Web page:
A Hierarchical Wireless System for Distributed Strain Monitoring in Naval Structures
Department of Defense
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1954 McIntyre St., Ann Arbor, MI, 48105
Socially and Economically Disadvantaged:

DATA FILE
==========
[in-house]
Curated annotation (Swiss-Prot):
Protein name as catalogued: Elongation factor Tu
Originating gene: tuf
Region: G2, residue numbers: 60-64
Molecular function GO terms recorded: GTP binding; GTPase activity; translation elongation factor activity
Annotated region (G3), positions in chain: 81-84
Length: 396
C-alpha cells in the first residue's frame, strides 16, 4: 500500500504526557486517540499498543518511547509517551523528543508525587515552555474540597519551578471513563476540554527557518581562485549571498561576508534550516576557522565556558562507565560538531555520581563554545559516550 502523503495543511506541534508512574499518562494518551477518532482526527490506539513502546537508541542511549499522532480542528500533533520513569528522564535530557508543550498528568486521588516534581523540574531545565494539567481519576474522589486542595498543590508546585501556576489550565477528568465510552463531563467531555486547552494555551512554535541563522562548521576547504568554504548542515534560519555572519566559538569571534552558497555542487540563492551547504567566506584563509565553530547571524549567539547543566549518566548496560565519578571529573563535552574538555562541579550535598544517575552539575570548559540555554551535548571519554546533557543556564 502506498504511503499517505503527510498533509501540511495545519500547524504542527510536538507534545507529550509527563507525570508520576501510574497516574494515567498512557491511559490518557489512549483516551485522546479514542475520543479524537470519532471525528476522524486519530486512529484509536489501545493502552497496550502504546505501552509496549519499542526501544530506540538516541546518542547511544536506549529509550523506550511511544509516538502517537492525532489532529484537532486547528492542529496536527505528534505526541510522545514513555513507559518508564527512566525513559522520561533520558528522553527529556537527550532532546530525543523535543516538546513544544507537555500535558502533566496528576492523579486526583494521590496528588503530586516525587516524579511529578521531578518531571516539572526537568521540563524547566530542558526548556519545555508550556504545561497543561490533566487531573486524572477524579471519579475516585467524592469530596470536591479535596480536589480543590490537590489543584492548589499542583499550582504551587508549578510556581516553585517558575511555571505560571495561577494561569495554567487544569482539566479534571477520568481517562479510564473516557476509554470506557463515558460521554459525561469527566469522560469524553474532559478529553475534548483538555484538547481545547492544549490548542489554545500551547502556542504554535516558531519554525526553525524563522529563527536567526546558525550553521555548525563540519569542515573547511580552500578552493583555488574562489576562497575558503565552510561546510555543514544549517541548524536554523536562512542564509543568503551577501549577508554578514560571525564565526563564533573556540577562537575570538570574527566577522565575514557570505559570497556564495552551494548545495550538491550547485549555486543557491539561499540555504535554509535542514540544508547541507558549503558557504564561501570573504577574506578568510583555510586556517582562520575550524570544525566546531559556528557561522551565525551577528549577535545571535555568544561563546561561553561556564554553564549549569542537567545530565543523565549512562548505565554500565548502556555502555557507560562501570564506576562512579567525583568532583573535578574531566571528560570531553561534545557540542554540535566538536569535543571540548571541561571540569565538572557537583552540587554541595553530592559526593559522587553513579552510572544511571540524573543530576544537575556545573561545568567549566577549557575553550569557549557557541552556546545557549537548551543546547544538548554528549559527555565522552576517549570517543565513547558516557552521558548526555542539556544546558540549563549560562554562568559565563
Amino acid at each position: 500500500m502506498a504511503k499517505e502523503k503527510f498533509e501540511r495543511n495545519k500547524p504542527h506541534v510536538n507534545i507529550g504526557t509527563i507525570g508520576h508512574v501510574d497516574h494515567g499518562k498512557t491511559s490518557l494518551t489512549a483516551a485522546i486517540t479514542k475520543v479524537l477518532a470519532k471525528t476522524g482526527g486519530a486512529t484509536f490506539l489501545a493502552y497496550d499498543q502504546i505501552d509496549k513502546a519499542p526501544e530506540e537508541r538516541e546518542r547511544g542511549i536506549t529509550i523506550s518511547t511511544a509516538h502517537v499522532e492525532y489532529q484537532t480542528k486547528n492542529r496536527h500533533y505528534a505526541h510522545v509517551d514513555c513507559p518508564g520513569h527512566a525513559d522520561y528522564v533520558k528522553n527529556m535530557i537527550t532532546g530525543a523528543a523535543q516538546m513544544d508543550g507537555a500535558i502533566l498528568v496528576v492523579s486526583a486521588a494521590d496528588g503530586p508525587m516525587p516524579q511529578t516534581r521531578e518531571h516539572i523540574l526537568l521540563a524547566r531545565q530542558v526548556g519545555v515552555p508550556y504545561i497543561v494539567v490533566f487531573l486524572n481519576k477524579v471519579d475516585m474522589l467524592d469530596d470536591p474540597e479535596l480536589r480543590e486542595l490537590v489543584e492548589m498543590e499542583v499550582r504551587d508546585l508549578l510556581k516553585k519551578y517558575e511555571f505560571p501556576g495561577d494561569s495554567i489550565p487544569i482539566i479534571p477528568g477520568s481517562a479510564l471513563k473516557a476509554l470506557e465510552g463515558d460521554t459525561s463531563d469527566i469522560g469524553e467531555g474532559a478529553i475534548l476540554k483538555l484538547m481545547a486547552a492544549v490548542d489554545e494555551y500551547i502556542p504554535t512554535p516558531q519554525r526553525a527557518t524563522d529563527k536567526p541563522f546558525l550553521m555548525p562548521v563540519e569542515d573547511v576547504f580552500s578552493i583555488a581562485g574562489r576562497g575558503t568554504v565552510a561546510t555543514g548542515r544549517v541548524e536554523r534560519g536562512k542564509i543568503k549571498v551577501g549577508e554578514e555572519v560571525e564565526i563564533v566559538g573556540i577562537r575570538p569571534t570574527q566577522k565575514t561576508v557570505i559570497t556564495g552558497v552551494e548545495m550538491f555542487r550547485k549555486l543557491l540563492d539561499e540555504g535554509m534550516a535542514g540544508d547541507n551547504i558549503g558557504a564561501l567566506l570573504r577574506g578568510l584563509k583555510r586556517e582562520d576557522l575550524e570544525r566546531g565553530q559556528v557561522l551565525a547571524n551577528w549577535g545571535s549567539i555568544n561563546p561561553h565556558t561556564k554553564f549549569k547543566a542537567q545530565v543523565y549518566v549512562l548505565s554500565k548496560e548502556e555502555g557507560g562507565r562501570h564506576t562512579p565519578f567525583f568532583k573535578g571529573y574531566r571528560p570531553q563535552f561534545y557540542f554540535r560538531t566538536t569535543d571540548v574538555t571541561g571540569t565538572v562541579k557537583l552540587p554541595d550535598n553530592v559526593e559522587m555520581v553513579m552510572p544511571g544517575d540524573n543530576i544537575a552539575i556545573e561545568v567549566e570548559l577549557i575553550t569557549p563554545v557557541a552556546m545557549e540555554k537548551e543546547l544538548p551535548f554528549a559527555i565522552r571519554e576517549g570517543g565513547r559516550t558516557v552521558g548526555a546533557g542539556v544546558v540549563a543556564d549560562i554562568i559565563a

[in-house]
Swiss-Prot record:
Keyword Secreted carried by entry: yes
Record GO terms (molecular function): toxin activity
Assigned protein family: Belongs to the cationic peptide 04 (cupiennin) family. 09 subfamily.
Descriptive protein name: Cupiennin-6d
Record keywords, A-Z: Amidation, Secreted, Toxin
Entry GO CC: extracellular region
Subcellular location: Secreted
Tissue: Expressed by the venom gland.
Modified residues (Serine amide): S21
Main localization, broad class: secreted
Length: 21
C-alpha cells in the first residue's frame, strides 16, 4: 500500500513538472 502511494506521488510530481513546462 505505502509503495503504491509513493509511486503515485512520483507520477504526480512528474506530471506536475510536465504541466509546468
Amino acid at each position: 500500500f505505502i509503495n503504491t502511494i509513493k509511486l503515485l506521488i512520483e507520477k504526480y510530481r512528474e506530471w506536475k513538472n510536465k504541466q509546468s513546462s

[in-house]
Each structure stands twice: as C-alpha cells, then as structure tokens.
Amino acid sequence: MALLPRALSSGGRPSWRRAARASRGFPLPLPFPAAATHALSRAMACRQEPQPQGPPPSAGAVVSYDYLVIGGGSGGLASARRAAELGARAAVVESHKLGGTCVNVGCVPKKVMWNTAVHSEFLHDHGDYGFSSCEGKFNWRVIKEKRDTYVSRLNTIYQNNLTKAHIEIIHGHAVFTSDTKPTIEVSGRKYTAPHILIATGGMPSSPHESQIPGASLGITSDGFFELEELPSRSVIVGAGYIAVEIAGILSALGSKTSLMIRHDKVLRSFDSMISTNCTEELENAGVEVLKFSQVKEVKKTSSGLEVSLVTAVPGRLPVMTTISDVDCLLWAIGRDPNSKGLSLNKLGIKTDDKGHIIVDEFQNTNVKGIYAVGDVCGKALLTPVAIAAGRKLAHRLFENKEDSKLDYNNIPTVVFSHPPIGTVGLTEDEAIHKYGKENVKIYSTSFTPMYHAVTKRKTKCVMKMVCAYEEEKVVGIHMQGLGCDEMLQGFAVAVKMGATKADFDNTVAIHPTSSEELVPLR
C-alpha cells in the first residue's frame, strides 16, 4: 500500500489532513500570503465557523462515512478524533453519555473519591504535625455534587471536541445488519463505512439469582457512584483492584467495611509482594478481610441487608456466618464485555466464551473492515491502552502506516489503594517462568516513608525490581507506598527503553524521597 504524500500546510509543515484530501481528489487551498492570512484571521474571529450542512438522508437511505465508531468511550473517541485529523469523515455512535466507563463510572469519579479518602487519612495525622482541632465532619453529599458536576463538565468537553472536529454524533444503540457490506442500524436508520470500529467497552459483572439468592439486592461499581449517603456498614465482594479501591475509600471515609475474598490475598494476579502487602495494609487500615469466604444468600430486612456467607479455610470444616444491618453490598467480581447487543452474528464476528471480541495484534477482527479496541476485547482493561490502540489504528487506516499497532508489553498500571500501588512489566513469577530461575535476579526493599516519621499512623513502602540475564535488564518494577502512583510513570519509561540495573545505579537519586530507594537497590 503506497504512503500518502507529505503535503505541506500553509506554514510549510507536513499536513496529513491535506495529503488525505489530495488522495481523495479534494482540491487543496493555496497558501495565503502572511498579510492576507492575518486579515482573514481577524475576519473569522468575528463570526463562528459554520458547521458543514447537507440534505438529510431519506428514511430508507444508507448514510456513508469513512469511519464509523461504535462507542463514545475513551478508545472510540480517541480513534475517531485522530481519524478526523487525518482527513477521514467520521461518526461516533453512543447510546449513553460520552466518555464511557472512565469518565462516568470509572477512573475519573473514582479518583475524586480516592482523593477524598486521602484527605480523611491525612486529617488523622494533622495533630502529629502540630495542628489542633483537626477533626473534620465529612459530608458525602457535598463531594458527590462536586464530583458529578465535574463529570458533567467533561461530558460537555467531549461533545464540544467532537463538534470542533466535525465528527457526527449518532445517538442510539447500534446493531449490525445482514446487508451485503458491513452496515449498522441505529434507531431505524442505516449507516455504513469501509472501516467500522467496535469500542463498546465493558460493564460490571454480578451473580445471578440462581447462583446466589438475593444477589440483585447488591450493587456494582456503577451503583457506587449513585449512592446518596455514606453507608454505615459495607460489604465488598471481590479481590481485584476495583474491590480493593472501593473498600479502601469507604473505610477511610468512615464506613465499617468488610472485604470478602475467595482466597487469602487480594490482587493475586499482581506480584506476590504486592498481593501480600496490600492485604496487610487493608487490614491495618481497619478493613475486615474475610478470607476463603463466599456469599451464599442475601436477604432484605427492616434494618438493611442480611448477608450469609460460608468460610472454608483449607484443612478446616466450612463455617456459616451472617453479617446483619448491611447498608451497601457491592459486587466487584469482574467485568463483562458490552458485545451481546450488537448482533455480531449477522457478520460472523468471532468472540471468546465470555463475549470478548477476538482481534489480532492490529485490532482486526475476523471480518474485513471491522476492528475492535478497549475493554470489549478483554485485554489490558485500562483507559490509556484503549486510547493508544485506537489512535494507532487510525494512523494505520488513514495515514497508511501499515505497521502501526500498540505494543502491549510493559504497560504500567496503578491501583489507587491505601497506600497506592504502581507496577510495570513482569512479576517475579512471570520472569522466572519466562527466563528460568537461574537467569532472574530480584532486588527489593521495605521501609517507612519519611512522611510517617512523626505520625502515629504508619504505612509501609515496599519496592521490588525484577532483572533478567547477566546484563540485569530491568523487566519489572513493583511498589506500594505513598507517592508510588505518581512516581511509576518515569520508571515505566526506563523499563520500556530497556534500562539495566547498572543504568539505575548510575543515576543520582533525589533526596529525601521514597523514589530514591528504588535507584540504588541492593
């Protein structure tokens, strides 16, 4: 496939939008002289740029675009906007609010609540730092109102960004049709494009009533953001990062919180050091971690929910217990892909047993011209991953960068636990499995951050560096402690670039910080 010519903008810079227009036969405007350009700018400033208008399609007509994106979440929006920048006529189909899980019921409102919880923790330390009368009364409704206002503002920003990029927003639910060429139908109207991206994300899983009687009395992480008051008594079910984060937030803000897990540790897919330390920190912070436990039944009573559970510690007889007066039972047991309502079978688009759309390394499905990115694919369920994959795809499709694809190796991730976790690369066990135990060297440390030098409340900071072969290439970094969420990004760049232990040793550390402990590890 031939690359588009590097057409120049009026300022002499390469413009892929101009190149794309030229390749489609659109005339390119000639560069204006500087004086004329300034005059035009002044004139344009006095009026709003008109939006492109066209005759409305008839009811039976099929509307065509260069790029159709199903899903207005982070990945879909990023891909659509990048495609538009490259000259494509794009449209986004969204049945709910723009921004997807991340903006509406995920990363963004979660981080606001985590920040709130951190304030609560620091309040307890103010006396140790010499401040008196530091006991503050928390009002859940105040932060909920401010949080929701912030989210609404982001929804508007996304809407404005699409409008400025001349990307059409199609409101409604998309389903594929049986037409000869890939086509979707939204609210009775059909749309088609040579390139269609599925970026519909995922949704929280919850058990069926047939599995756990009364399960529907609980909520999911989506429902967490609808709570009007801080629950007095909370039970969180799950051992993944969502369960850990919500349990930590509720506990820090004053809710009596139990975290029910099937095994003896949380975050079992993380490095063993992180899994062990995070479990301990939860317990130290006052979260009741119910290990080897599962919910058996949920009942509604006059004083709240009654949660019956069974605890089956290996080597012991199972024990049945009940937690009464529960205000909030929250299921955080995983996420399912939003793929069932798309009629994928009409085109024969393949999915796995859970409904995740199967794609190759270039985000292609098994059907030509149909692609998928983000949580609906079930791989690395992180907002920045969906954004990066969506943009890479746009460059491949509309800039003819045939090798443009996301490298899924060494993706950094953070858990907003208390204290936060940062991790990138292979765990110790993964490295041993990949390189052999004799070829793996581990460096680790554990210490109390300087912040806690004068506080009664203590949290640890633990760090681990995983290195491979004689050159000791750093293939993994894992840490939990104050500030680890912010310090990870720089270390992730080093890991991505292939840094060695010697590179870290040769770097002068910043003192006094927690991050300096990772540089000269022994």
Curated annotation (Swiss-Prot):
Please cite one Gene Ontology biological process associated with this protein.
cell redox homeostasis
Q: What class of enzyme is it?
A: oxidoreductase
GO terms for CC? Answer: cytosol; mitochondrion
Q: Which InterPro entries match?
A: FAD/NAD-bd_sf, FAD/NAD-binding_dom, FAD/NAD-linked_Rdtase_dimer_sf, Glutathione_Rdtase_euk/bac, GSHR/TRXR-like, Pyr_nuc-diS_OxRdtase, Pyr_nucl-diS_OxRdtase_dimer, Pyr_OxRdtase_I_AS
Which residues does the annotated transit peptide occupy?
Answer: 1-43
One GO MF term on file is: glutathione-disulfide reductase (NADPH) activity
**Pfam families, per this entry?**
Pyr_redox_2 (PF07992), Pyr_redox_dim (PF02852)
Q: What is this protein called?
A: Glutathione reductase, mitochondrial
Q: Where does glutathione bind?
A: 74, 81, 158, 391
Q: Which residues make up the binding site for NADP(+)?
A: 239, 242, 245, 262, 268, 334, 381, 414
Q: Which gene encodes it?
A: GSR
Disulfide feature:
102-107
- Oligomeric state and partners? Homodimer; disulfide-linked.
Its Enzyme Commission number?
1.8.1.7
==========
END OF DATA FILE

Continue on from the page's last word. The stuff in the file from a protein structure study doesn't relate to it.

AbstractThe U.S. Navy is currently pursuing the development of a new line of light-weight, high-speed aluminum ships to supplement their aging fleet of steel hull vessels. Because these new aluminum vessels are designed for high-speed operation, they will be exposed to demanding seaway loads with bow slamming possible. As such, technologies that can detect and quantify structural degradation or damage within an aluminum hull (such as fatigue or stress-corrosion cracking) have become increasingly sought after. In this proposal, a novel hierarchical approach to strain monitoring in Naval platforms will be developed. At the lowest level of the proposed strain monitoring architecture will be a dense network of ultra low-power, miniaturized strain sensor nodes that meet the form factor and cost demands of the U.S. Navy. These nodes will connect wirelessly to more sophisticated wireless sensor nodes that form a part of a much larger ship hull monitoring system. By employing an architecture where dense arrays of low-cost, light-weight miniaturized wireless strain sensors are seamlessly joined with a global network of intelligent wireless sensing units, shipboard strain monitoring systems can be deployed at reduced weight and cost, while eliminating problems associated with data glut and sensor density.
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